Once inside the elevator, I struck up a conversation with the bellhop. He was from elsewhere in Jiangsu province, and came to Huaxicun for the job.  He told me his salary was really good. “Can I just take a look around on the top floor?” I asked. Sure.

So we got off at the observation deck, and from then on, nobody checked to see if we had tickets. This is in itself is unusual in China, where most places that charge admission also require you to regularly present your ticket for verification. Could the wealthiest village in China really have gotten this rich through such lax business practices? I began to doubt.

Themed floors in the elevator. Floors translated:
(72) Paradise (Observation Deck)
(71) Prince View (Chinese Restaurant)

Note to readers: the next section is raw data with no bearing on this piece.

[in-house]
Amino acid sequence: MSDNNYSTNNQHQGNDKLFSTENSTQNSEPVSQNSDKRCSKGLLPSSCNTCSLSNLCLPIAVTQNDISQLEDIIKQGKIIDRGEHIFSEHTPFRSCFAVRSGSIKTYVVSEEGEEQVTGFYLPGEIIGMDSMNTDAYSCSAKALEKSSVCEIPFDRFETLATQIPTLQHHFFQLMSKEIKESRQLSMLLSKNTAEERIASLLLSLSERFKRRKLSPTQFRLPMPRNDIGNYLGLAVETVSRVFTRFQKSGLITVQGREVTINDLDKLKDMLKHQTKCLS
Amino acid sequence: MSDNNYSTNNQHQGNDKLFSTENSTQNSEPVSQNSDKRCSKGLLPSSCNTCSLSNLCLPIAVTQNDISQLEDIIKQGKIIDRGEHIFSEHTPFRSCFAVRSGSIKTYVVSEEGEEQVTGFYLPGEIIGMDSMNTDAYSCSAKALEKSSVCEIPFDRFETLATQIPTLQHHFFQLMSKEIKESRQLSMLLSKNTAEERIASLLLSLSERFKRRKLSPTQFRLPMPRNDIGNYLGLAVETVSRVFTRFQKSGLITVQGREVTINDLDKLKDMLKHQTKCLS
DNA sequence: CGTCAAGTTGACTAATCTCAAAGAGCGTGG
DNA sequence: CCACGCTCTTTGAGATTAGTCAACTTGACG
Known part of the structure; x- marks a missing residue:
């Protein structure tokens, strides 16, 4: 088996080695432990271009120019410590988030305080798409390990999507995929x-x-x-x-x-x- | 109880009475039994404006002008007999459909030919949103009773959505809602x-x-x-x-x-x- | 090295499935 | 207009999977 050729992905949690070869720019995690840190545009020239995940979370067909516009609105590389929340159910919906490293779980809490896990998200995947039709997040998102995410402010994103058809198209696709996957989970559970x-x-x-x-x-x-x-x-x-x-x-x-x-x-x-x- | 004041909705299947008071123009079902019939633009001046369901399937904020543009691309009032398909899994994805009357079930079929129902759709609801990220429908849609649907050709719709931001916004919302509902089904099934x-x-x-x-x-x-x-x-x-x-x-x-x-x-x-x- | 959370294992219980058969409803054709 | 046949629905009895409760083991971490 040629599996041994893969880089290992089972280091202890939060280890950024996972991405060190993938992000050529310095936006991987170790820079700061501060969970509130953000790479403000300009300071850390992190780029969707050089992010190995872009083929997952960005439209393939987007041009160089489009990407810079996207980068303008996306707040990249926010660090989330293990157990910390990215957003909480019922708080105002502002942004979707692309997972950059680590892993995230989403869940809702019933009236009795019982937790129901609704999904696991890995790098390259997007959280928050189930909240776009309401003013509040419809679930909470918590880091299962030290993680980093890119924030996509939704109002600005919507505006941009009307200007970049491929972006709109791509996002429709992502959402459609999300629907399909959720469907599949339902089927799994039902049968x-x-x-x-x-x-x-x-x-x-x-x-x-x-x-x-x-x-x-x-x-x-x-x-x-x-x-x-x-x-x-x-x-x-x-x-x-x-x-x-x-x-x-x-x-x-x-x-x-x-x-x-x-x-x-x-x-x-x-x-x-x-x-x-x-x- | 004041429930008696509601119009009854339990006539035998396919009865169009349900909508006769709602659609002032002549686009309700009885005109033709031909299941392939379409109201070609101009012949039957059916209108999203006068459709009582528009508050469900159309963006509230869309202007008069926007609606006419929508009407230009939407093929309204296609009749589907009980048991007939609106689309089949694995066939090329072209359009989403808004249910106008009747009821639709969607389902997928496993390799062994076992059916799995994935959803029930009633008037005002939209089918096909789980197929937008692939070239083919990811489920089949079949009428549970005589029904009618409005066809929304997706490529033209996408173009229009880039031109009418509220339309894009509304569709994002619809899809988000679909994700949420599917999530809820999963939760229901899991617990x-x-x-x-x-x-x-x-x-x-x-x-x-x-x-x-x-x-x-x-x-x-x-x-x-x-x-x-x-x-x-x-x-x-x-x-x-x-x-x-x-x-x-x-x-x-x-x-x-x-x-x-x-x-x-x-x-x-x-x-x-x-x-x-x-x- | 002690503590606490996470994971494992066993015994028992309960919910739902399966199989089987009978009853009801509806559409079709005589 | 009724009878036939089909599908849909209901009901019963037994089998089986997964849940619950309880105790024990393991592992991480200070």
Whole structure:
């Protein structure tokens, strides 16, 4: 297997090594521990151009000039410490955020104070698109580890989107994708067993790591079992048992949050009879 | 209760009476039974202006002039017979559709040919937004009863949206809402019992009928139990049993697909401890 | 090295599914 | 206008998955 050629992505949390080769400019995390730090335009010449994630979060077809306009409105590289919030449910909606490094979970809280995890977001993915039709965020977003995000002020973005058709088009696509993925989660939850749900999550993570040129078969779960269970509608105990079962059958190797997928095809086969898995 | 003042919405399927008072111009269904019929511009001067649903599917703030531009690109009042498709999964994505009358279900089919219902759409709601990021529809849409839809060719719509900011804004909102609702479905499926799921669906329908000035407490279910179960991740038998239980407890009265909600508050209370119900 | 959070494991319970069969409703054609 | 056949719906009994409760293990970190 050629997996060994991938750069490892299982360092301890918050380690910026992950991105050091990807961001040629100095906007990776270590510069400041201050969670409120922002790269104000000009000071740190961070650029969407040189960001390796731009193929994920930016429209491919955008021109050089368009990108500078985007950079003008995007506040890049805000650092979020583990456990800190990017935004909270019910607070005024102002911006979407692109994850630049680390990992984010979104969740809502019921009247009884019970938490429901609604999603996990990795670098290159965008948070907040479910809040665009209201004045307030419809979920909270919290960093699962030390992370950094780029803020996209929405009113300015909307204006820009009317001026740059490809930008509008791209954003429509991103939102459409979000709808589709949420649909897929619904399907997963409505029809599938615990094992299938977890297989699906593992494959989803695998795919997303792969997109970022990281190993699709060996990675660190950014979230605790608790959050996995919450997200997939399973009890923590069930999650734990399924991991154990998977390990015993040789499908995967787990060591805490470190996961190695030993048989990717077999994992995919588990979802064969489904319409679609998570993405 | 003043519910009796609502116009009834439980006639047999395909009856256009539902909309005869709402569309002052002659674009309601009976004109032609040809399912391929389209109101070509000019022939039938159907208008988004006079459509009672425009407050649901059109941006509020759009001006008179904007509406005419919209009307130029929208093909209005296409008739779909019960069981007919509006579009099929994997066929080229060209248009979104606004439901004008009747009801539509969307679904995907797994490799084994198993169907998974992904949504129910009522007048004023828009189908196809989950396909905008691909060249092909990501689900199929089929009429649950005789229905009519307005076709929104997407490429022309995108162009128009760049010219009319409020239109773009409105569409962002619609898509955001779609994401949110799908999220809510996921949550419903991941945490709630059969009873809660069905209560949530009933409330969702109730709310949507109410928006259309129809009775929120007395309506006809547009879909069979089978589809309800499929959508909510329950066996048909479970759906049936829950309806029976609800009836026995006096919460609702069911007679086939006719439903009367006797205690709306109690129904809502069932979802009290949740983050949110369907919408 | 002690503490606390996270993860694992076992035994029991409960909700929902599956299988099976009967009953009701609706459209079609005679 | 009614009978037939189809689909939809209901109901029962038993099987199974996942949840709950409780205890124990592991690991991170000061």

(70) Rotating Palace (Rotating Restaurant)
Flower Garden and Aviary
Gold Floor
Wood Floor
Water Floor
Fire Floor
Earth Floor
Meeting Rooms
Local Flavors Restaurant
Chinese Business Restaurant
Hotel Lobby
(B1) (KTV)
Meanwhile, “New Village in the Sky” was unbelievably awesome.  From the observation deck, we could look out upon Huaxi Village’s many accomplishments, including its successful manufacturing enterprises as well as its life-size replicas of Tiananmen Square and the Great Wall of China, both perched on nearby hill.  But the themed floors were the best part. Think weird frat heaven-and-hell party meets Earth Wind and Fire meets a gajillion dollars meets China.  The centerpiece of each floor was a water buffalo statue made from the themed element.  On the “earth” floor, this meant the statue was made out of fired clay. So on the “gold” floor, the water buffalo was of course made out of solid gold – at last check, hundreds of millions of dollars worth.  This was the highlight for most of the Chinese visitors. For me, it was getting off on the “water” floor and realizing there sharks swimming in a giant tank above my head.